It is immediately seen that results obtained with two methods are not entirely consistent. SVD analysis obviously identifies symptoms 3 and 4 as the most representative ones; symptoms 1, 2 and 9 fare much worse and the remaining seven are of little significance. On the other hand, ICM analysis, while revealing comparatively high values of R for symptoms 3 and 4, identifies symptom 5 as the best one and symptoms 6 and 10 as only slightly worse than 3 and 4; at the same time, symptoms 1 and 2 are completely rejected and symptom 9 is characterized by low value of R.

Fig. 6. Results of the SVD analysis for twelve symptoms pertaining to the fluid-flow system of the 200 MW unit high-pressure turbine

Results of the SVD analysis for twelve symptoms pertaining to the fluid-flow system  of the 200 MW unit high-pressure turbine

Table 1. Results of the ICM analysis: representativeness factor values for twelve symptoms pertaining to the fluid-flow system of the 200 MW unit high-pressure turbine

Symptom number
Measurement point
Direction
Frequency band [Hz]
Representativeness factor R [nat/day]
1
Front high-pressure turbine bearing
Vertical
6300
–0.63×10-8
2
8000
–15.30×10-8
3
Horizontal
5000
6.97×10-8
4
6300
5.57×10-8
5
Axial
6300
8.84×10-8
6
8000
3.77×10-8
7
Rear high-pressure turbine bearing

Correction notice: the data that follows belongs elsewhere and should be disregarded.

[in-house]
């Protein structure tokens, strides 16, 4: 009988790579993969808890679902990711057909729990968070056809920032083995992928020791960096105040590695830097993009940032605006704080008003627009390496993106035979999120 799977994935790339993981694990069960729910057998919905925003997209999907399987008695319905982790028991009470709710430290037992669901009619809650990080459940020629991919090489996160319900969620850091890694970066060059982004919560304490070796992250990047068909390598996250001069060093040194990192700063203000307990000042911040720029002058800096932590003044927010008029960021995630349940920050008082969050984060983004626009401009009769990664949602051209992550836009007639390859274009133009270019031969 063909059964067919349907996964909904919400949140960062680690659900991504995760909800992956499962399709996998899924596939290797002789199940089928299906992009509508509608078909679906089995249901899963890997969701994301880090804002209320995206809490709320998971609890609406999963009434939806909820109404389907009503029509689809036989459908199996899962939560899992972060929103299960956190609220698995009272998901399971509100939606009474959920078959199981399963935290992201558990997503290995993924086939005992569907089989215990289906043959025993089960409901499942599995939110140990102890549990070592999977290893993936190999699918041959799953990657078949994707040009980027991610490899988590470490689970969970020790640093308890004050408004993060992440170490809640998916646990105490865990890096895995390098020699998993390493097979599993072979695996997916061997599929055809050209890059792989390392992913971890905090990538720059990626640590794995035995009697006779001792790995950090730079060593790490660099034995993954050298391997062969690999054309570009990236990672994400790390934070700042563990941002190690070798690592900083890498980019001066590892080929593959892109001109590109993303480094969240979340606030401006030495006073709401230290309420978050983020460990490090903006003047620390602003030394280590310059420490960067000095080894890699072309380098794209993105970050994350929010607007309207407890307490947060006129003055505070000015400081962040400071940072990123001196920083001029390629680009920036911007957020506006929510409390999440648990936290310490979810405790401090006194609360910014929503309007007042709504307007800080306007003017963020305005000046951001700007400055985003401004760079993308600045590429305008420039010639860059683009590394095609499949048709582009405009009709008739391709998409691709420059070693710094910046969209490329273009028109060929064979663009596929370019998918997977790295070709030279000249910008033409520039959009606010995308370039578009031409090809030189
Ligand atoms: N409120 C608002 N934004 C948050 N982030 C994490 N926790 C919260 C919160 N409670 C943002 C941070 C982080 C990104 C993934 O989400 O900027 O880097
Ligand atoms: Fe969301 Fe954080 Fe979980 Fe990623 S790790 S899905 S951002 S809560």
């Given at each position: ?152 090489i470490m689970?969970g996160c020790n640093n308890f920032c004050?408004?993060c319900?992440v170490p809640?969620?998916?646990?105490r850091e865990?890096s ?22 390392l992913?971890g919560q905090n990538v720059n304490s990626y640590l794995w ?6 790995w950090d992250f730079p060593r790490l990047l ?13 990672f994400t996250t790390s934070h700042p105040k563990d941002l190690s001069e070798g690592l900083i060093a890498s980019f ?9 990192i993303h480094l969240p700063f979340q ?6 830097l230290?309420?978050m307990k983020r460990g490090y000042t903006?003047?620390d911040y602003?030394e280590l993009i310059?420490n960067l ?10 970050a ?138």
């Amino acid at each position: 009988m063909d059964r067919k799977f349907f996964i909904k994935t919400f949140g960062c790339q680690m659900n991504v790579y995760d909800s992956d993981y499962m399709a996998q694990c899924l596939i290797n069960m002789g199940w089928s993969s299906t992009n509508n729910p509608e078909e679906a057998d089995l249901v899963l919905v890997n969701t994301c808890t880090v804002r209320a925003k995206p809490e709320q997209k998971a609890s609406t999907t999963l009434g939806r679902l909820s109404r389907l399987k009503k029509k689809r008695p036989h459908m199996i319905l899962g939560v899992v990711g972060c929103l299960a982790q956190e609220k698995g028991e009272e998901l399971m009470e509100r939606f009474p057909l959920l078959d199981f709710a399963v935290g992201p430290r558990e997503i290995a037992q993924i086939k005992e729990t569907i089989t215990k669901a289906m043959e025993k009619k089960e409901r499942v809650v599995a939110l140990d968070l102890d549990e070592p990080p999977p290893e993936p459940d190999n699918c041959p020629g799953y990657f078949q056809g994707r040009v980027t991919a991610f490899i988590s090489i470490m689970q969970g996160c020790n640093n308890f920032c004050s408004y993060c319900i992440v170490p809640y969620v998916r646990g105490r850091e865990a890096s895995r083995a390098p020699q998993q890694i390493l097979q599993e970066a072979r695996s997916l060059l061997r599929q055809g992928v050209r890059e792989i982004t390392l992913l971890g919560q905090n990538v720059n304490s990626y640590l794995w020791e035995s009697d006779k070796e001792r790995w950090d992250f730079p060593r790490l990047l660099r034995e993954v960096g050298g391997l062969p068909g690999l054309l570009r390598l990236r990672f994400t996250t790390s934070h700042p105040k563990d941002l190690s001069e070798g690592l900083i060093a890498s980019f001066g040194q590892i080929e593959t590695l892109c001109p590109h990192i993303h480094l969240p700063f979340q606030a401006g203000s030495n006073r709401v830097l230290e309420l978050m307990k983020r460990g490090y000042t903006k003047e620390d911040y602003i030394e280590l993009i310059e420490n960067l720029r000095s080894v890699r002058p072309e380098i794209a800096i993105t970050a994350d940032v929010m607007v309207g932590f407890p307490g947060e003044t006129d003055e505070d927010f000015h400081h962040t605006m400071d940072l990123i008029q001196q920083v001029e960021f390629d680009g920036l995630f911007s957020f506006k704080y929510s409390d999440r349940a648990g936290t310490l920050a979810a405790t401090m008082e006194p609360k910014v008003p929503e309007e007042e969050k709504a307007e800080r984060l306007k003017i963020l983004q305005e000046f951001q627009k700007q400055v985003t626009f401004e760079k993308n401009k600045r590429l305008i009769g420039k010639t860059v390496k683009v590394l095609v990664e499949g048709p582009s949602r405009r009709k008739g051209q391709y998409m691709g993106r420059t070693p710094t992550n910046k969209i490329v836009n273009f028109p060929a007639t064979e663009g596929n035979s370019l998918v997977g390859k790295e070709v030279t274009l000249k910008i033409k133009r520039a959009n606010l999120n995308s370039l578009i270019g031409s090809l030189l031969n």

Vertical
5000
–1.93×10-8
8
8000
1.17×10-8
9
Horizontal
6300
0.20×10-8
10
8000
4.14×10-8
11
Axial
2000
–2.52×10-8
12
8000
5.69×10-8

How can we comment on this observation? First, it is necessary to keep in mind that neither SVD nor ICM method can be considered the reference one. Both are based on certain assumptions. In view of that, we may argue that symptoms that are qualified highly representative by both these methods should be considered the most suitable ones for overall damage assessment. Such approach certainly minimizes the possibility of an erroneous classification. In this particular case, symptoms 3 and 4 are selected.

Second, it has to be kept in mind that both SVD and ICM results are to a certain extent influenced by data pre-processing, especially outlier removal method. A single outlier, if not removed, may significantly influence distribution fitting results. Peak trimming is a simple procedure which probably could be improved. Fig. 4 clearly shows that this method fails in certain cases, as some values that obviously ‘should’ be qualified as outliers have not been removed. ICM method is also sensitive to trend normalization. While the assumption of an exponential trend simplifies calculations, it is based on approximation which fails with θθb. In first studies by the author (see e.g. [6, 8]) such assumption was shown to give good results. An example is shown in Fig. 7, which shows continuous entropy as a function of time for the symptom labelled 4 in Table 1. It is clearly seen that both raw and peak-trimmed data yield increasing entropy and only trend normalization reveals its decrease, which is consistent with theoretical results.